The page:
26 Sep On Identity Politics
Ian Cooper recounts a lunch table conversation at the Round Church on Identity Politics.
We have had identity politics before when conflicts in the past have centred on religion, class and nation. Yet there seems to be a renewed obsession with identity today, especially in relation to gender and race. To discuss this trend we used Douglas Murray’s book, The Madness of Crowds. Murray, a journalist and writer, is particularly interesting, as he understands the importance of religion, is gay, and also conservative. In the book he describes how civil discourse has been poisoned, with identity weaponised in an attempt not just to get attention, but also to gain power. All opponents of the ‘correct view’ become hate-filled bigots of one kind and another: sexists, racists, homophobes, transphobes or all at the same time, while the complainants engage in a kind of grievance culture. Mob shaming takes place on social media and jobs and careers are placed at risk.
Murray is appalled at how toxic it has all become, especially when he points out how much progress there has been on all the issues involved. Society today is more liberal. He fears for people’s mental health and even worries about a backlash. Kindness, forbearance and forgiveness have been deleted. He is also struck at how ill-informed and irrational the polemics are and how quickly the right opinion becomes set in concrete. He reminds us how we hardly understand so many of the issues at stake. Why people are gay is still very unclear, and why and how people are trans even more so, and yet people are transitioned, even as children, despite our ignorance. Then there are the blatant contradictions. Gay people insisting one moment that they are born gay and cannot help it, and then supporting trans people who insist that you can ignore what you are born with. He also points out the irony that feminists, who claimed that being a woman was a cultural construct in order to avoid stereotypes based on biology, find trans men presenting as women and invading their spaces, for surely gender is just a construct, is it not? Apart from the incoherence, Murray also laments the bias. For example, he suggests, google ‘European Art’ and a large number of black subjects come into view. Bizarre. Careful and fair discussion becomes nearly impossible.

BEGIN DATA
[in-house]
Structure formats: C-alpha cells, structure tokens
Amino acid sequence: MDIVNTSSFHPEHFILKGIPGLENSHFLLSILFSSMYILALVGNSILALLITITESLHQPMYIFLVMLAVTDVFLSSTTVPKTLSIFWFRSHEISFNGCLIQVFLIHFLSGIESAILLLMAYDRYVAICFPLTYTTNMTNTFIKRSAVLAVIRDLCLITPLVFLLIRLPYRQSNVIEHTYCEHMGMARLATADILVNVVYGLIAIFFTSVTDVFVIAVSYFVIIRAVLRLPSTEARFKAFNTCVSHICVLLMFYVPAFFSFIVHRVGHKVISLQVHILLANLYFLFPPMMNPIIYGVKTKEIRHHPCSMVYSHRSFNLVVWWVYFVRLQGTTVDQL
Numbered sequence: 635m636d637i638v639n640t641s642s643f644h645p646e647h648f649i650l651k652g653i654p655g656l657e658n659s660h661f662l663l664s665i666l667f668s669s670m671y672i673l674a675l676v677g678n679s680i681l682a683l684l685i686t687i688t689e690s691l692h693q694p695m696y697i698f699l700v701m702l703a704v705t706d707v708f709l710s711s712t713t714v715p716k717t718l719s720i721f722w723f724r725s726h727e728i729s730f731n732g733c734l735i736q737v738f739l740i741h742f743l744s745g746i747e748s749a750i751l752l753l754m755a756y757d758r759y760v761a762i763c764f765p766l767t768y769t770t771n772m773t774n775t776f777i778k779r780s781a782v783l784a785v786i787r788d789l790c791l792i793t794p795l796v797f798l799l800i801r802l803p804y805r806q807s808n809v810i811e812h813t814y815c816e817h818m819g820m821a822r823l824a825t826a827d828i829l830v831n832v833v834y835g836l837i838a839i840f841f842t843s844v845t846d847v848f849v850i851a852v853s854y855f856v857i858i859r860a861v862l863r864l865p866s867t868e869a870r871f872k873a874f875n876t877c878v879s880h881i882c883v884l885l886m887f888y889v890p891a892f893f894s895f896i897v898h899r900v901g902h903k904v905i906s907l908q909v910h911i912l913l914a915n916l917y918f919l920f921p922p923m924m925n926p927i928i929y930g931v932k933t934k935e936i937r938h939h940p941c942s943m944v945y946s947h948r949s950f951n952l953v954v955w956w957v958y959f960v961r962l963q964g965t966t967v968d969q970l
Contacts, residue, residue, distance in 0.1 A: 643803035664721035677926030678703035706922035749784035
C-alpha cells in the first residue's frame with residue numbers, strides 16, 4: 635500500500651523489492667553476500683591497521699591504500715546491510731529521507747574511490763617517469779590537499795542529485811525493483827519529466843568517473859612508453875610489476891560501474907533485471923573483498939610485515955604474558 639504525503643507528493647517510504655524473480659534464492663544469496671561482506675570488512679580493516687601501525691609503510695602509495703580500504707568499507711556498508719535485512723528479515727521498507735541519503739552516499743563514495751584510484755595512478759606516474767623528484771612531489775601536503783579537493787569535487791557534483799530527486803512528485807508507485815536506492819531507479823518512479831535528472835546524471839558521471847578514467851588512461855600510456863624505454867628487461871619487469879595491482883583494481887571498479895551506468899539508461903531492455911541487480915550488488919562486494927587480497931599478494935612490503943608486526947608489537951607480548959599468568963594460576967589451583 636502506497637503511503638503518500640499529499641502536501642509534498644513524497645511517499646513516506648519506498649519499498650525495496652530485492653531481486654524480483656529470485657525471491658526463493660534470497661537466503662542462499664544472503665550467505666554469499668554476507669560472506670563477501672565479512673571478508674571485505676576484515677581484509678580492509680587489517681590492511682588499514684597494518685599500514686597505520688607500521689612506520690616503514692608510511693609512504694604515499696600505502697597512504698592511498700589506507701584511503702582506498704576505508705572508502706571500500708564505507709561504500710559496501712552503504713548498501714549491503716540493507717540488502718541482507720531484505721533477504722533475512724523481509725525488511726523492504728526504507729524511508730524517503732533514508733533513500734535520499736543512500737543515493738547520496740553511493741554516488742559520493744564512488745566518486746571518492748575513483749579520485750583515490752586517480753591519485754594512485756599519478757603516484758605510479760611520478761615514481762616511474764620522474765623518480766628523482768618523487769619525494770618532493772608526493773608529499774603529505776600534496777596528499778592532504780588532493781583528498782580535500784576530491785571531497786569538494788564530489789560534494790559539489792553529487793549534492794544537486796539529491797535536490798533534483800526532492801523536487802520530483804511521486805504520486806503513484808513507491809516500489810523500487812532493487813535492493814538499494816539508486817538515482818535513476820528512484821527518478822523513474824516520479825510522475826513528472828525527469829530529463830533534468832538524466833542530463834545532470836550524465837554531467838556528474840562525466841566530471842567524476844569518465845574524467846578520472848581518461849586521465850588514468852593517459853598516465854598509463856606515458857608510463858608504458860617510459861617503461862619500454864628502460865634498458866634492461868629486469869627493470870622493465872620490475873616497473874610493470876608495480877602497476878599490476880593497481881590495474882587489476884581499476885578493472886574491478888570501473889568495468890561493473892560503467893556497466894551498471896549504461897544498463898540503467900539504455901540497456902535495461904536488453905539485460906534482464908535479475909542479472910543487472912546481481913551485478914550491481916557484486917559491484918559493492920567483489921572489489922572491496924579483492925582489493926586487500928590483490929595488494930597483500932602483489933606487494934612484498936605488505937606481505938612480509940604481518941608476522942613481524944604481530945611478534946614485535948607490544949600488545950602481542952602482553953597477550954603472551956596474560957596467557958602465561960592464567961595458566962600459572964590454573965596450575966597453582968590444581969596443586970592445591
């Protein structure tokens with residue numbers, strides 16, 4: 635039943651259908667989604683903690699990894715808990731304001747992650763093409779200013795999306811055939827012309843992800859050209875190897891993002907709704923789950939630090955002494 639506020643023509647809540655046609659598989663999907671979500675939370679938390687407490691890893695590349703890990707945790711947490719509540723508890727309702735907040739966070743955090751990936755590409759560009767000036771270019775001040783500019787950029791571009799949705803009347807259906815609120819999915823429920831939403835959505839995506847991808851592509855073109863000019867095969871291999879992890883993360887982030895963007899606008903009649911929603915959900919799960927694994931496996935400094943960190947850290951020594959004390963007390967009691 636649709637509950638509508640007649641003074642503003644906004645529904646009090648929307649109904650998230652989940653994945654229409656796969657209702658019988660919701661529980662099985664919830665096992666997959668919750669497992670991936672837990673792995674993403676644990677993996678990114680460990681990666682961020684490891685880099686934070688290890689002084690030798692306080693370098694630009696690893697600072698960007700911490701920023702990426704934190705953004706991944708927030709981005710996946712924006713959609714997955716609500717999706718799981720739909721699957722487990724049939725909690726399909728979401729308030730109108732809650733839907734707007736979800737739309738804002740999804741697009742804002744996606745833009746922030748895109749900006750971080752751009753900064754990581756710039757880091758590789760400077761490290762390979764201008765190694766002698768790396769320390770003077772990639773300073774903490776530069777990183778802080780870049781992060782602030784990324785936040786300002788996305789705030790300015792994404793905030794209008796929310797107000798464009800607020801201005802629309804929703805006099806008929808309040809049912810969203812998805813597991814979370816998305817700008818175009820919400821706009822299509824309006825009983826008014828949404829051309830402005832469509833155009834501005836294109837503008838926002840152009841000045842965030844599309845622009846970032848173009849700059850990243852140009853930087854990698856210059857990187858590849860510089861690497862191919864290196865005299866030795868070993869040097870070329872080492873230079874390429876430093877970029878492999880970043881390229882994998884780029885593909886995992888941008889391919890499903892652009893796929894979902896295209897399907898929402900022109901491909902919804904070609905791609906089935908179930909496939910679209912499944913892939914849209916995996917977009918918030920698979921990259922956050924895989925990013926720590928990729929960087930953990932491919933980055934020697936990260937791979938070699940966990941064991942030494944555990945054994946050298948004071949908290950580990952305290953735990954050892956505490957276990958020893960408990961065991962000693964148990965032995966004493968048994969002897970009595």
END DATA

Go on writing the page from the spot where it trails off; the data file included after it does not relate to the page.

So, what is happening? Interestingly, Murray puts it down to the collapse of religion. In the postmodern void there is no socially agreed understanding of who we are and what life means and, as a result, everyone is engaged in frantic self-definition. Establishing who or what you are becomes an act of existential justification and nobody better challenge it. Those who are more insecure use, as Murray shows, the ideas and rhetoric of Cultural Marxism on freedom and equality to foster a culture of grievance and victimhood to advance their status and position. Social media is, of course, another major factor providing the social space for outrage and denunciation, without accountability. Lastly, the financial crisis of 2007-8, Murray thinks, has made for a more brittle and angry society.
Now, Christians do have something to offer in this unhappy context. We can point to a more secure identity outside of ourselves in the form of a personal and loving God. We can also show how true freedom does not equate to an amoral void but is being shaped and limited for our good. We can also be sure of a basic equality as we are all made in God’s image, and yet also allow for differences, for our mutual benefit. And instead of being desperate individuals fighting to gain recognition, we can be part of a community, the church, where there is respect and forgiveness, a concern for fairness and the possibility of enjoying each other. So, within the madness Christians enjoy and should offer a much-needed, calming objectivity.